5 big motoring news stories from 2018
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Another year of motoring highs and lows, and — without a doubt — another year of change.
From the introduction of artificially intelligent (AI) vehicle technology and insects creating havoc, to increased crash testing criteria and a tease from Tesla, here are five events that made headlines in 2018.
1. Mercedes-Benz gets us talking to our cars
The new Mercedes-Benz A-Class launched in August and got us all talking — literally. It arrived fully equipped with a new intelligent voice control system enabled with natural speech comprehension, activated by saying “Hey Mercedes”.
Conventional voice control systems usually require fixed commands, but thanks to its natural speech recognition, “Mercedes” obeys virtually every command and recognises and understands most sentences, from infotainment to vehicle operation.
The system also has an AI learning capability, so it can suggest frequently used navigation routes or radio stations.
This technology was a factor in the A-Class winning the 2018 AA Driven NZ Car of the Year.
2. Stink bugs cause NZ vehicle import mayhem
In early 2018 many vehicle-carrying ships were turned away from New Zealand ports because of high-risk marmorated stink bug being found in cars.
The marmorated stink bug is a native insect in Japan. It hibernates in contained spaces during the northern winter and when threatened, releases a pungent odour. The bugs had the potential to cause hundreds of millions of dollars of damage to the New Zealand economy if they made it ashore.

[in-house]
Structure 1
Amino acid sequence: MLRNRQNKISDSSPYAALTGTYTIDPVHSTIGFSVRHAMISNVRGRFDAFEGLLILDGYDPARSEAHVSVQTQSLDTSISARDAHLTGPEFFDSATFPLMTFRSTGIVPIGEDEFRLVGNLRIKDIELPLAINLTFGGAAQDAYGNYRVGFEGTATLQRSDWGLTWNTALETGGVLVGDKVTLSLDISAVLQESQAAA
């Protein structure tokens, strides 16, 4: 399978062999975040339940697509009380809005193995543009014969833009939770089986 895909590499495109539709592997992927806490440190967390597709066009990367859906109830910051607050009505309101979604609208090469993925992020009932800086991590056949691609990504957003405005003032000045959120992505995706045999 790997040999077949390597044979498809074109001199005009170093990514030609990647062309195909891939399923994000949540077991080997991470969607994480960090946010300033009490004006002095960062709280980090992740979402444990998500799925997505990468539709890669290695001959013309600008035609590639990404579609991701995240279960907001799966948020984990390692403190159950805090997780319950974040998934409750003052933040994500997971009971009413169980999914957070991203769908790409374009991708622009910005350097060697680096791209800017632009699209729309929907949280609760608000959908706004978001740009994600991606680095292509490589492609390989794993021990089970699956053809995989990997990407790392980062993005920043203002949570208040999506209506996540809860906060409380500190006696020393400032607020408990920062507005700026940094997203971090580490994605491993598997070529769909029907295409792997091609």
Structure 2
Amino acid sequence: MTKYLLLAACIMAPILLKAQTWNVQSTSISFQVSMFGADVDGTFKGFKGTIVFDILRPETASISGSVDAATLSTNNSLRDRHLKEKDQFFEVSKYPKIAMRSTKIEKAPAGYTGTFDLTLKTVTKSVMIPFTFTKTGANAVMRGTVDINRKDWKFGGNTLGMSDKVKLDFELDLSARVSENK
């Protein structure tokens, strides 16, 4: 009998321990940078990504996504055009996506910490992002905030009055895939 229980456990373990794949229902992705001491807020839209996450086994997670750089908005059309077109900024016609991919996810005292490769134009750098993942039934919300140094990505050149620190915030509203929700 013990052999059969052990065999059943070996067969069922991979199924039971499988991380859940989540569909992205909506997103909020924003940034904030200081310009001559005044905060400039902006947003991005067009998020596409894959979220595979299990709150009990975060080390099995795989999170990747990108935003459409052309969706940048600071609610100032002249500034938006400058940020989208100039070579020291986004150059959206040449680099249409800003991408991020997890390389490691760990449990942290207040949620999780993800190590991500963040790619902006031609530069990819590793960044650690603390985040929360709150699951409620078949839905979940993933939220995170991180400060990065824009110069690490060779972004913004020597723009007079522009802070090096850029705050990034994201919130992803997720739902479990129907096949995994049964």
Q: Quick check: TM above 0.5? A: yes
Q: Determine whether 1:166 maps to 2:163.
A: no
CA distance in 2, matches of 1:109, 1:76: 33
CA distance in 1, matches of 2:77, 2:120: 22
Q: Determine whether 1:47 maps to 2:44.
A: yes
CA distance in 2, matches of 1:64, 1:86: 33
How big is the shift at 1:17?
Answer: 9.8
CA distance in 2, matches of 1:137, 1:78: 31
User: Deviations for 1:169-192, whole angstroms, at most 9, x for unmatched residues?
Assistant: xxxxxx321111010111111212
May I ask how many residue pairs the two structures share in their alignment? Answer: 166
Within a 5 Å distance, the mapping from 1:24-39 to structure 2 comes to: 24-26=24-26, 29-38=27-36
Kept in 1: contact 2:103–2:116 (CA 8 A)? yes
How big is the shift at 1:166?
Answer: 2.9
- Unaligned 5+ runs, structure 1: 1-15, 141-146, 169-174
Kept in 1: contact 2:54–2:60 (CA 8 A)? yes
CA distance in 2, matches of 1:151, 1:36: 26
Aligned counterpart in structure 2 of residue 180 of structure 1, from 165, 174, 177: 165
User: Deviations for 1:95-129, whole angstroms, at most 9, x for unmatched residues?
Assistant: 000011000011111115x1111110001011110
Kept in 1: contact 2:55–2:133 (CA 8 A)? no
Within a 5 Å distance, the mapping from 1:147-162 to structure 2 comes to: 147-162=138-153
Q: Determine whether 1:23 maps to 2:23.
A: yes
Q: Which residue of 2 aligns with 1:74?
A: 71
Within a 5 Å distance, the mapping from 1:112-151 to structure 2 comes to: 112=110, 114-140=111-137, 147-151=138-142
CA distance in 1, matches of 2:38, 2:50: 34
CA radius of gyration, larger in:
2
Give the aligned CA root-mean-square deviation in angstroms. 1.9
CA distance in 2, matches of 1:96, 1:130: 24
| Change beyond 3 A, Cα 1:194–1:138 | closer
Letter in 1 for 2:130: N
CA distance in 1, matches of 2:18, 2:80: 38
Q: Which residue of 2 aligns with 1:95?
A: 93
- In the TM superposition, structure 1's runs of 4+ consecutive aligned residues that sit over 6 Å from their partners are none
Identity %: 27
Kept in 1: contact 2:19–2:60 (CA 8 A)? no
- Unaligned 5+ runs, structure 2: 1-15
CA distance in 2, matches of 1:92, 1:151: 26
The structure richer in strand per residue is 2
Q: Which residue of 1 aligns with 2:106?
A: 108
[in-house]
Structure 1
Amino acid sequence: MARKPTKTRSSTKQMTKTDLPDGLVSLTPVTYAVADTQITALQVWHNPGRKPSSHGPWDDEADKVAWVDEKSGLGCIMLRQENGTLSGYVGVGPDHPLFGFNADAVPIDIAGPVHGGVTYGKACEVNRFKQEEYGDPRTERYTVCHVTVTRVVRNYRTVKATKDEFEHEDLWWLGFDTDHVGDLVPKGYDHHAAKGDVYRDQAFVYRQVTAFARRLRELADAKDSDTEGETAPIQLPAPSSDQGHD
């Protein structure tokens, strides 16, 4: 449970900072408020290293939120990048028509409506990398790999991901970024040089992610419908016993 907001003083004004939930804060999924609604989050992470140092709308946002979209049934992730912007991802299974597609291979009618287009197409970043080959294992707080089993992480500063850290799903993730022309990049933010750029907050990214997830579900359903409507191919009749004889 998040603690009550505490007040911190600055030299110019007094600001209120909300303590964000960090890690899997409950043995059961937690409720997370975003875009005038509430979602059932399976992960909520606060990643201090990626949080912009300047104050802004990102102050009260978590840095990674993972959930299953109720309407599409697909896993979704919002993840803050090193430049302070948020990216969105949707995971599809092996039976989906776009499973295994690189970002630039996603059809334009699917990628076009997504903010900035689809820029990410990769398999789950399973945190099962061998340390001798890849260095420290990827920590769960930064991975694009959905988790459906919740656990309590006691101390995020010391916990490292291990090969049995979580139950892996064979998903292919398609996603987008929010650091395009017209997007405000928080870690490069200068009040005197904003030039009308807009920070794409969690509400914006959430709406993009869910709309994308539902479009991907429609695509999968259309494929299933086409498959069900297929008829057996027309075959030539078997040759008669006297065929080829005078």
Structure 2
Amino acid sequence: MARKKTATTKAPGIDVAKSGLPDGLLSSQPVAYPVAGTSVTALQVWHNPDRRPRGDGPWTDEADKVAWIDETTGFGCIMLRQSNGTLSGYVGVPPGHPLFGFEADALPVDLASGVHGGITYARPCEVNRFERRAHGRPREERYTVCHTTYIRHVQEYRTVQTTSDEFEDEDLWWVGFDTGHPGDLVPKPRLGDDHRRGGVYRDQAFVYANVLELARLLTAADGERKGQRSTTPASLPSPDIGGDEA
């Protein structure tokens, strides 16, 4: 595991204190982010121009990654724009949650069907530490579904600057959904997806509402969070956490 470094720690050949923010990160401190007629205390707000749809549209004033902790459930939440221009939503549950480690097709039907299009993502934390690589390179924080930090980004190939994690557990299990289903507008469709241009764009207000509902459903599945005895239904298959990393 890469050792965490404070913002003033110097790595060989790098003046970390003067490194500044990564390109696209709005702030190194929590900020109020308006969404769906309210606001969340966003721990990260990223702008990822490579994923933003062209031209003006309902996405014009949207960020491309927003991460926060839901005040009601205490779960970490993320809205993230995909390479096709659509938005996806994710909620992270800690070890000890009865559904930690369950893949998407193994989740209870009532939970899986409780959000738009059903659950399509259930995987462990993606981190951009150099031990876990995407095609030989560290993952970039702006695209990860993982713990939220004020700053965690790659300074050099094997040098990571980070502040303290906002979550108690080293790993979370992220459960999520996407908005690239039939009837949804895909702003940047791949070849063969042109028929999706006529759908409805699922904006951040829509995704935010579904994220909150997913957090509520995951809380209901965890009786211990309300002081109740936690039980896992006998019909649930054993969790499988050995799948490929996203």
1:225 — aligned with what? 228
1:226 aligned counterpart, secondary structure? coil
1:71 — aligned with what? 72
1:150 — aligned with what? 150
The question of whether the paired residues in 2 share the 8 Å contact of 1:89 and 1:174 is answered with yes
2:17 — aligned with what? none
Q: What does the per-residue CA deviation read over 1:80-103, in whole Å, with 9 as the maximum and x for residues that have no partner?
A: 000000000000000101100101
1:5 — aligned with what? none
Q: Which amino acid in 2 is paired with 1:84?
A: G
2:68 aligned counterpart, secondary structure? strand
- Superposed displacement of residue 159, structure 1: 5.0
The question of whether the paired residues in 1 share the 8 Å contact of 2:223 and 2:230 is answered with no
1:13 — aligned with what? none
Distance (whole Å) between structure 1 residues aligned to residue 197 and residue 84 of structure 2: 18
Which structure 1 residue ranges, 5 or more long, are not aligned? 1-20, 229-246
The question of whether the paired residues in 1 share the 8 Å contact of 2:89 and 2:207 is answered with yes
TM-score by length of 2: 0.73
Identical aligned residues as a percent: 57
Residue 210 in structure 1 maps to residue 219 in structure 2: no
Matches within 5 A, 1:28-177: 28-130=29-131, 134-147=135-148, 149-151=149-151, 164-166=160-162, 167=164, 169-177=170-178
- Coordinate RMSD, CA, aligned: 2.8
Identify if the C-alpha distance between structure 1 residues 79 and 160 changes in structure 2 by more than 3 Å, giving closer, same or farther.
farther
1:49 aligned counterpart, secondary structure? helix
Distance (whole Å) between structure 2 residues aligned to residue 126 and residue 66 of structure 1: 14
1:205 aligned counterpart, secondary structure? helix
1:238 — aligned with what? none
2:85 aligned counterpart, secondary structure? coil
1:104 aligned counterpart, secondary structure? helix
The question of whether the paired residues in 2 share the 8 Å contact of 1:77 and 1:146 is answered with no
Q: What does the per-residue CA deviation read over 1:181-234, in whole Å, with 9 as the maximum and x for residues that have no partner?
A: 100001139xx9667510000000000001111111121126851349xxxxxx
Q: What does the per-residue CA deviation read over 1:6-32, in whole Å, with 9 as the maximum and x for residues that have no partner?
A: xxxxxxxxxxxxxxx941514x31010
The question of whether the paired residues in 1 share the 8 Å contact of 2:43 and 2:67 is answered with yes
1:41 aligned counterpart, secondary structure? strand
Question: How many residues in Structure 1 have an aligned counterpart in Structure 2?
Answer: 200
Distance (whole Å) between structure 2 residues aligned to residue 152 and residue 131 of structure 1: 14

Our vehicle import industry felt the impact when thousands of vehicles couldn’t be unloaded and the ships were turned away to be treated.
3. Tesla teases NZ
In August, the much anticipated “cheaper” Tesla Model 3 landed on our shores. The only problem was it arrived as a left-hand-drive variant, meaning it couldn’t be driven in New Zealand. However, the purpose of the launch was to whet the appetite of those who had placed a deposit and desired to be the first to own one in New Zealand.
The new model is minimalistic in design, with innovations such as key unlock using a smartphone app, and vehicle functions and adjustments all managed through a central command screen.
4. The end is nigh ... well, almost ...
In December, Volkswagen indicated that the last generation of combustion-engine Volkswagen cars were under development and would be introduced in 2026. Beyond that date, new models will be built on one of its several upcoming electric car platforms.
Meanwhile, Volvo had announced earlier in the year that, starting with the new S60, it was dropping diesel engines. “Our future is electric and we will no longer develop a new generation of diesel engines,” Volvo president and CEO Hakan Samuelsson said. “We will phase out cars with only an internal combustion engine with petrol hybrid versions as a transitional option, as we move towards full electrification.”
5. Ancap aligns with Euro NCAP
In January, these two safety organisations aligned and now share common test and assessment protocols.
The alignment has seen an overhaul of testing processes and the addition of extra requirements in order to get that all-important 5-star safety rating.
A change to the scoring system sees the previous “best out of 37” tally replaced with the EuroNcap model of four pillars of safety performance.
These four important areas of assessment are: Adult Occupant Protection, Child Occupant Protection, Pedestrian Protection and Safety Assist — active safety technology such as Autonomous Emergency Braking (AEB), Lane Support System (LSS) and Speed Assistance Systems (SAS).